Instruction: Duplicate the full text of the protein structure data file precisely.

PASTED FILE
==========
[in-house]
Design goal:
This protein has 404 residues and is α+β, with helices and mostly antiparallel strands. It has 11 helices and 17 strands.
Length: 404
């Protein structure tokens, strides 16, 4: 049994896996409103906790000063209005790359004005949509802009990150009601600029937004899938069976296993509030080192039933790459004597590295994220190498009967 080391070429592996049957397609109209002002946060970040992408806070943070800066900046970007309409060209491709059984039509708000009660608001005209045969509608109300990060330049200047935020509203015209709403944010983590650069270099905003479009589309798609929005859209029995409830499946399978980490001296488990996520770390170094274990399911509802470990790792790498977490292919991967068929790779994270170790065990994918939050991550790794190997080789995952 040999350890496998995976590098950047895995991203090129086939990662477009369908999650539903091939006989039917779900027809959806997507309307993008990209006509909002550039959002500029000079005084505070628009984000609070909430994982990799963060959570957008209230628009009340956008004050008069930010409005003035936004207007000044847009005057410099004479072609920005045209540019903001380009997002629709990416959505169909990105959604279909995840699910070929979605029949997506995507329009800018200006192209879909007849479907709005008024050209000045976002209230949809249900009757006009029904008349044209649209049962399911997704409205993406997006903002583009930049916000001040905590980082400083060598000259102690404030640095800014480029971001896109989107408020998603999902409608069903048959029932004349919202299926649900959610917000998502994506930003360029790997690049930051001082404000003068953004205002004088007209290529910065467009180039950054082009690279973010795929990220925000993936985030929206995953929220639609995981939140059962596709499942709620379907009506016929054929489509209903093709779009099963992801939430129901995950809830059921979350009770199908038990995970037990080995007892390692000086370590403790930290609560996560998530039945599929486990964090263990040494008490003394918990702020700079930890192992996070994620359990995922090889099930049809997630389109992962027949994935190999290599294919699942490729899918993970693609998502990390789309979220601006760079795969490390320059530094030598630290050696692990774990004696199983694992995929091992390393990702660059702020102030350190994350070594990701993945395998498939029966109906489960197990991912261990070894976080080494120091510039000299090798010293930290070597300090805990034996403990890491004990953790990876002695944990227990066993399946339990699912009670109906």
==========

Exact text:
[in-house]
Design goal:
This protein has 404 residues and is α+β, with helices and mostly antiparallel strands. It has 11 helices and 17 strands.
Length: 404
């Protein structure tokens, strides 16, 4: 049994896996409103906790000063209005790359004005949509802009990150009601600029937004899938069976296993509030080192039933790459004597590295994220190498009967 080391070429592996049957397609109209002002946060970040992408806070943070800066900046970007309409060209491709059984039509708000009660608001005209045969509608109300990060330049200047935020509203015209709403944010983590650069270099905003479009589309798609929005859209029995409830499946399978980490001296488990996520770390170094274990399911509802470990790792790498977490292919991967068929790779994270170790065990994918939050991550790794190997080789995952 040999350890496998995976590098950047895995991203090129086939990662477009369908999650539903091939006989039917779900027809959806997507309307993008990209006509909002550039959002500029000079005084505070628009984000609070909430994982990799963060959570957008209230628009009340956008004050008069930010409005003035936004207007000044847009005057410099004479072609920005045209540019903001380009997002629709990416959505169909990105959604279909995840699910070929979605029949997506995507329009800018200006192209879909007849479907709005008024050209000045976002209230949809249900009757006009029904008349044209649209049962399911997704409205993406997006903002583009930049916000001040905590980082400083060598000259102690404030640095800014480029971001896109989107408020998603999902409608069903048959029932004349919202299926649900959610917000998502994506930003360029790997690049930051001082404000003068953004205002004088007209290529910065467009180039950054082009690279973010795929990220925000993936985030929206995953929220639609995981939140059962596709499942709620379907009506016929054929489509209903093709779009099963992801939430129901995950809830059921979350009770199908038990995970037990080995007892390692000086370590403790930290609560996560998530039945599929486990964090263990040494008490003394918990702020700079930890192992996070994620359990995922090889099930049809997630389109992962027949994935190999290599294919699942490729899918993970693609998502990390789309979220601006760079795969490390320059530094030598630290050696692990774990004696199983694992995929091992390393990702660059702020102030350190994350070594990701993945395998498939029966109906489960197990991912261990070894976080080494120091510039000299090798010293930290070597300090805990034996403990890491004990953790990876002695944990227990066993399946339990699912009670109906």